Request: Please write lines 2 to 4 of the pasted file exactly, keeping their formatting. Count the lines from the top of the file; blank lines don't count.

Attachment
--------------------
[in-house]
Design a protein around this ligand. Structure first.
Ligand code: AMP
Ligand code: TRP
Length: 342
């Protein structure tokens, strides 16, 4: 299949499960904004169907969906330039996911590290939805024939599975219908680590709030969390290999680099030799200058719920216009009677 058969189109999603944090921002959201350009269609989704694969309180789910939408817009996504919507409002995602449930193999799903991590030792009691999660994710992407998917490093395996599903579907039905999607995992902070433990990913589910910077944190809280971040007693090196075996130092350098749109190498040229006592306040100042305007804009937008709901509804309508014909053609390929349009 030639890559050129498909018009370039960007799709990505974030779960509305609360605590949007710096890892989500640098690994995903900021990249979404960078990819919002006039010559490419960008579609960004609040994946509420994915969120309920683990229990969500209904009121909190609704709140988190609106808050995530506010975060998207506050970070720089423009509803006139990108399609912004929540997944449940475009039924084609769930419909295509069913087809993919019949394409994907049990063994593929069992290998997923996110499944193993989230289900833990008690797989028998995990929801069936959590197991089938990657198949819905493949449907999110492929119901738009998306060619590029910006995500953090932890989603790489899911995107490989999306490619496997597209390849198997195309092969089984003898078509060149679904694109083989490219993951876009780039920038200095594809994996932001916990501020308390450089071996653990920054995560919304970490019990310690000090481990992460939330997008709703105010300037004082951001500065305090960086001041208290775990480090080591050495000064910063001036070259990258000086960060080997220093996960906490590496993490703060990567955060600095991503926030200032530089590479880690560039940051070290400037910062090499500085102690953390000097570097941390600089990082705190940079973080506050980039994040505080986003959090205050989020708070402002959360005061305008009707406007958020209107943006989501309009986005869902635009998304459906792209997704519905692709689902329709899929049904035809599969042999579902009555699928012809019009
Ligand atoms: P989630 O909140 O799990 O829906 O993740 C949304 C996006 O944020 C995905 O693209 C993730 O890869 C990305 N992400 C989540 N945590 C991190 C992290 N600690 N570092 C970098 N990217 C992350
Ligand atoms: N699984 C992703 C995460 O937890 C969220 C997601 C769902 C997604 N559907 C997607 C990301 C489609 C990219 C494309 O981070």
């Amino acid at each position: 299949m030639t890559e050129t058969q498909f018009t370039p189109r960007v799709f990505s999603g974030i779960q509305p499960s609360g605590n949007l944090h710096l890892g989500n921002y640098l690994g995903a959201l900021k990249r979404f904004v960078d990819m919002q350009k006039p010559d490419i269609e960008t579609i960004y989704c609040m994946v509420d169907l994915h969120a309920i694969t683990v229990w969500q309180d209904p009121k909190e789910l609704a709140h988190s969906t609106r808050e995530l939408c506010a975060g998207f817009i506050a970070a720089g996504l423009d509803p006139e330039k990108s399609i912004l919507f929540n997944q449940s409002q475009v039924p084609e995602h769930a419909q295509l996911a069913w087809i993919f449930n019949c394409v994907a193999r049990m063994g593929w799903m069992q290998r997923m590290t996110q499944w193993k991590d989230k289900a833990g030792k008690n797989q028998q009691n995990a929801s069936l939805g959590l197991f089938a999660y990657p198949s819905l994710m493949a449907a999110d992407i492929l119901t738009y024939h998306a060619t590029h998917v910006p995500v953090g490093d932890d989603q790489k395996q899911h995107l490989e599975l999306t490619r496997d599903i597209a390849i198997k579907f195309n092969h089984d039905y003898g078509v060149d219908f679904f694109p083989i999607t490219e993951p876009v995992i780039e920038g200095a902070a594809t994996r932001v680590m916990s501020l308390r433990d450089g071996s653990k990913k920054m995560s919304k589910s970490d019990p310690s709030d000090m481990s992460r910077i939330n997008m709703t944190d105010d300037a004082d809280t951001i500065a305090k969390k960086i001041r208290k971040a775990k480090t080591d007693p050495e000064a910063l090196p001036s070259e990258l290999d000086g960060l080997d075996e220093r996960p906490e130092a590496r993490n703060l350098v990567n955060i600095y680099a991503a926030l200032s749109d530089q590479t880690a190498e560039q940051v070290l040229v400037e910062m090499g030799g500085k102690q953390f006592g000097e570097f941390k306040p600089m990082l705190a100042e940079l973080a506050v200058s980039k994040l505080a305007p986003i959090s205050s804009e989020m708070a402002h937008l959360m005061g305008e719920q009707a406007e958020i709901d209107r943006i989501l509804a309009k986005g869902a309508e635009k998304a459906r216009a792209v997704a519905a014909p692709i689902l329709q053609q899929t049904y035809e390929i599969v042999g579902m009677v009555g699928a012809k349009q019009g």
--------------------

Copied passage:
Design a protein around this ligand. Structure first.
Ligand code: AMP
Ligand code: TRP